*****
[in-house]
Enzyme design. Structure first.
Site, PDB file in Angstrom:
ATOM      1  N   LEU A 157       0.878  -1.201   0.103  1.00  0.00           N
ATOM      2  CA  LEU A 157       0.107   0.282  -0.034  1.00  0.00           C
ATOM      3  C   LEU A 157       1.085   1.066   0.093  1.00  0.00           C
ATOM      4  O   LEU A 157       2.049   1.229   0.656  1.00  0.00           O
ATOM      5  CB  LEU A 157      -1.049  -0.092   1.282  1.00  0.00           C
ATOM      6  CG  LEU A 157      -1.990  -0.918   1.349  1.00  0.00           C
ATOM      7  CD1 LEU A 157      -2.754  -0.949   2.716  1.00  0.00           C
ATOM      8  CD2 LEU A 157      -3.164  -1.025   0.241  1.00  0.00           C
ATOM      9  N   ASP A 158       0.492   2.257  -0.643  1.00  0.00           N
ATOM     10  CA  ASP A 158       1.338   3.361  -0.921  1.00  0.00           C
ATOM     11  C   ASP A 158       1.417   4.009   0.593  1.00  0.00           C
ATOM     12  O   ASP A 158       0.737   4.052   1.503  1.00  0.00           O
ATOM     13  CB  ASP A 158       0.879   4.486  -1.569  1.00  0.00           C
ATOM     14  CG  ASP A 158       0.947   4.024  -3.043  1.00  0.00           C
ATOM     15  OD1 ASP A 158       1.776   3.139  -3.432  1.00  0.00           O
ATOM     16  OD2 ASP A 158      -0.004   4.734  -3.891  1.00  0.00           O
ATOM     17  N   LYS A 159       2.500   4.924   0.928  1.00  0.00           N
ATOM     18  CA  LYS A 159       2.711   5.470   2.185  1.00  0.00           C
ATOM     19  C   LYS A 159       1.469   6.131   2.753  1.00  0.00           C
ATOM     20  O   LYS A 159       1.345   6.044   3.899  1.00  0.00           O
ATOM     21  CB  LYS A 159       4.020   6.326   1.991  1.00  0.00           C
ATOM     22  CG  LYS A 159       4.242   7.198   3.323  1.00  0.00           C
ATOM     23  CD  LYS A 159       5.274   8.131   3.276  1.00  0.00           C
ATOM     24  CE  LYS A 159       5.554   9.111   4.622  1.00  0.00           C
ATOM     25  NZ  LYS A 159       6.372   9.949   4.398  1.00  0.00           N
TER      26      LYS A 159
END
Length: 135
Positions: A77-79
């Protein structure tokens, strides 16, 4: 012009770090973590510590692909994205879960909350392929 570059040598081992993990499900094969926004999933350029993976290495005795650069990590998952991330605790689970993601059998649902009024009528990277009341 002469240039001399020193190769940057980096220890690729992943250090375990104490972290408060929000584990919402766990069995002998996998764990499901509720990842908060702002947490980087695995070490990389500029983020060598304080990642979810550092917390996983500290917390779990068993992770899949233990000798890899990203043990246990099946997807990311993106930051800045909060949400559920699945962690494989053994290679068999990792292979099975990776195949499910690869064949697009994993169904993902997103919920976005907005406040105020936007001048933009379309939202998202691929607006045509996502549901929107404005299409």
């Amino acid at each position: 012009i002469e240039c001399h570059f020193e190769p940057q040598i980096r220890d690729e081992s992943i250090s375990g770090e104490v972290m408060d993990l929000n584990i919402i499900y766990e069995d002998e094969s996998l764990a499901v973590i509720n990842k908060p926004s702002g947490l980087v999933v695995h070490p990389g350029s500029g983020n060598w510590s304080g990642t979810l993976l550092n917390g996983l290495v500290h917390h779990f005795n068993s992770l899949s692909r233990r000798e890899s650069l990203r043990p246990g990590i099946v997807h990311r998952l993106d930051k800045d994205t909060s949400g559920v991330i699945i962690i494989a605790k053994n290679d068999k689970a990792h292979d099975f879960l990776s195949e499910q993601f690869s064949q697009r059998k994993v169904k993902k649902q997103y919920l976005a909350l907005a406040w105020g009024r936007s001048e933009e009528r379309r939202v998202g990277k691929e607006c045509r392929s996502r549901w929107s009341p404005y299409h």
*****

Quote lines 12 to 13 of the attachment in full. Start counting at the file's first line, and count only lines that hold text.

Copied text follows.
ATOM      9  N   ASP A 158       0.492   2.257  -0.643  1.00  0.00           N
ATOM     10  CA  ASP A 158       1.338   3.361  -0.921  1.00  0.00           C